Four-Year-Old Bucks

A four-year-old buck has a fully muscled neck. The neck blends into his properly defined shoulders, while his waist appears dropped down. His limbs keep straight with the gut. But this buck looks like the legs are short for the body.

An essential point to note is that a four-year-old buck has a body form that’s not sagging yet. That’s in comparison to 12-point bucks that are a little older. The hind-end in these bucks appears rounded and filled out.

Additionally, a four-year-olds face has taunt skin surrounding his jaw. The antlers are now starting to display their full potential, and they should be a bit heavy with multiple points and suitable bases. These bucks also have larger, dark-stained tarsal glands during the rut that possibly extend down to their legs.

With proper nutrition, four-year-old bucks are structurally mature, and they can attain 75 to 90 percent of their maximum antler growth capacity. These bucks have different appearances as compared to one and 3-year old bucks.

Five to Seven-Year-Old Bucks

Five to seven-year-old bucks have some characteristics of 4-year-old bucks. That includes heavily swollen necks during the rut, waists even with their chests, and heavily muscled shoulders. Additionally, they may have sagging backs and pot bellies.

Such 20-point bucks also have increased body masses, making them rounded appearances. They resemble small cows, and at this age, have attained at least 90 to 100 percent of their antler’s growth maximum potential.

 In addition, they have tarsal glands that are highly stained during the rut, with this stain going below the tarsal glands. These are the unique physical characteristics that differentiate the 12-point bucks from their counterparts.

Eight-Year-Old Bucks and Older

A few bucks that range freely make it to eight years of age, also termed being post-mature. Bucks beyond eight years have already passed their prime and tend to regress in antler and body size. They also have loose skin on the shoulders, necks, and faces, and they may also have pointed hip bones and shoulders.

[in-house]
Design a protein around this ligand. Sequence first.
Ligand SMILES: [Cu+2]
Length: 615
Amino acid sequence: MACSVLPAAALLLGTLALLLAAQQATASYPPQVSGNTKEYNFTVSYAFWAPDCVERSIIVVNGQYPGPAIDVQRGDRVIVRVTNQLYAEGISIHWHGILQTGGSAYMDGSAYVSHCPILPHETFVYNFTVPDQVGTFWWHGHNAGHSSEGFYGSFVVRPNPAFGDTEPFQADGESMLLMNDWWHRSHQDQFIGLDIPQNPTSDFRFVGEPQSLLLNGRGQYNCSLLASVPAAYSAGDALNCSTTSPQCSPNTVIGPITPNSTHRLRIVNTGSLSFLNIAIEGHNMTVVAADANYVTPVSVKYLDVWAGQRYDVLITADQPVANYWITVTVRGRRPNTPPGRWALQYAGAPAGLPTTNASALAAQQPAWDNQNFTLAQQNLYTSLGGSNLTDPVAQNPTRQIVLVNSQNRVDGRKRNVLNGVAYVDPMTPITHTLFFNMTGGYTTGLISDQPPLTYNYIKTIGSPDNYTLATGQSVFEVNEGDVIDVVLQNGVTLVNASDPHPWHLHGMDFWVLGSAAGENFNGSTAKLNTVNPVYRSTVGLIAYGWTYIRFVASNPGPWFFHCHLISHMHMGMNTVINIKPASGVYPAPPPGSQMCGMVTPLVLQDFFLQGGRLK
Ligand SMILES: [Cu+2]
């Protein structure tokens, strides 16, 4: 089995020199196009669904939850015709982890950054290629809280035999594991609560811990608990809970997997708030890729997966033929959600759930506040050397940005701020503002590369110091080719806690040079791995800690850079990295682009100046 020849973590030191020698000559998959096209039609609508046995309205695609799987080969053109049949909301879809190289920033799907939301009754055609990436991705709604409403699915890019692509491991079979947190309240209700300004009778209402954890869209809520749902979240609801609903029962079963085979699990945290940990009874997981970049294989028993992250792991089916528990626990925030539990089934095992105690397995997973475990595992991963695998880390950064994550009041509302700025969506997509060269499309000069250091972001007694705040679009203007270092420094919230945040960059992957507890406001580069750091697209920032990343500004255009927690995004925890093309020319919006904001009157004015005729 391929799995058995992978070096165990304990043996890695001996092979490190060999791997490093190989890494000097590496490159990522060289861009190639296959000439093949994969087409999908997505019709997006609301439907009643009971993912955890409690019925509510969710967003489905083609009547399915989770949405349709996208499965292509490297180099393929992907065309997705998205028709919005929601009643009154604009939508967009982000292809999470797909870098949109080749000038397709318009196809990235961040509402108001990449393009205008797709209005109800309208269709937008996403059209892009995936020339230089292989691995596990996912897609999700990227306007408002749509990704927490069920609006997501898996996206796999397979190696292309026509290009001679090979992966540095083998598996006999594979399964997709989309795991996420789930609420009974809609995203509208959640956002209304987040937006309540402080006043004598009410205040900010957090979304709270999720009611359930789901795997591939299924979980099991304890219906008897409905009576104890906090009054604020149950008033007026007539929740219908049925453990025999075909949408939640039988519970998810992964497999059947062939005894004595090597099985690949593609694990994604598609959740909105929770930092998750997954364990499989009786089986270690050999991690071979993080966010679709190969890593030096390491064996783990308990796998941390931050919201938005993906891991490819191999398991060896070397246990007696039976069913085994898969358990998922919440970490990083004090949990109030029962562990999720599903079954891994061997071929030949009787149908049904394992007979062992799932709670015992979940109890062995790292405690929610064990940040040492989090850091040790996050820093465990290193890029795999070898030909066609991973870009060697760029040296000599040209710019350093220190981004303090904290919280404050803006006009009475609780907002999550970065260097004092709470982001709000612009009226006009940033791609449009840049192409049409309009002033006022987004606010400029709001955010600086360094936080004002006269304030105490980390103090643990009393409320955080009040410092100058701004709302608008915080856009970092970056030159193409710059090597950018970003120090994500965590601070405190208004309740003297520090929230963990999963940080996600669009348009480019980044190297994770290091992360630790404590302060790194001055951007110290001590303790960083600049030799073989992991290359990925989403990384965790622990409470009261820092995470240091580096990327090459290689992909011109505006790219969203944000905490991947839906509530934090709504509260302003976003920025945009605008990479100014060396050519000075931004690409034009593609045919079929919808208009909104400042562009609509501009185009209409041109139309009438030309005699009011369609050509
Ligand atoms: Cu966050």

Antlers on eight-year-old bucks may display abnormalities that are age-related, including curvy or wavy tines. In addition, they have a weathered appearance.

When studying the specific body characteristics related to age, you will notice that there aren’t any specific age-related antler characteristics. Besides, there are ranges of the maximum potential of antler points attainable in the different ages. You can’t estimate these percentages adequately by simply looking at the antlers.

It’s essential to not rely solely on the antler size when trying to get the points or age of the bucks. There are instances where you will find large antlers in younger bucks and smaller antlers in older males. That can negatively influence your conclusion when estimating their age or points.

The best way to decide whether or not it’s a 12-point buck is by looking solely at the points on the two antlers. Whereas age is a good indicator of the points in different bucks, checking the physical characteristics is crucial when coming to this important conclusion.


Being sure of the age of the points in bucks gives them a better chance of survival and maximizes their population. For instance, telling if a buck is a 12-point or not enables you to decide whether or not to hunt him, especially if the buck is relatively younger.

The 12-point bucks come with unique features that make it easier to differentiate them from others. What’s better than going for a hunt and hunting down that 12-point buck whose antler you can use as a treasured trophy?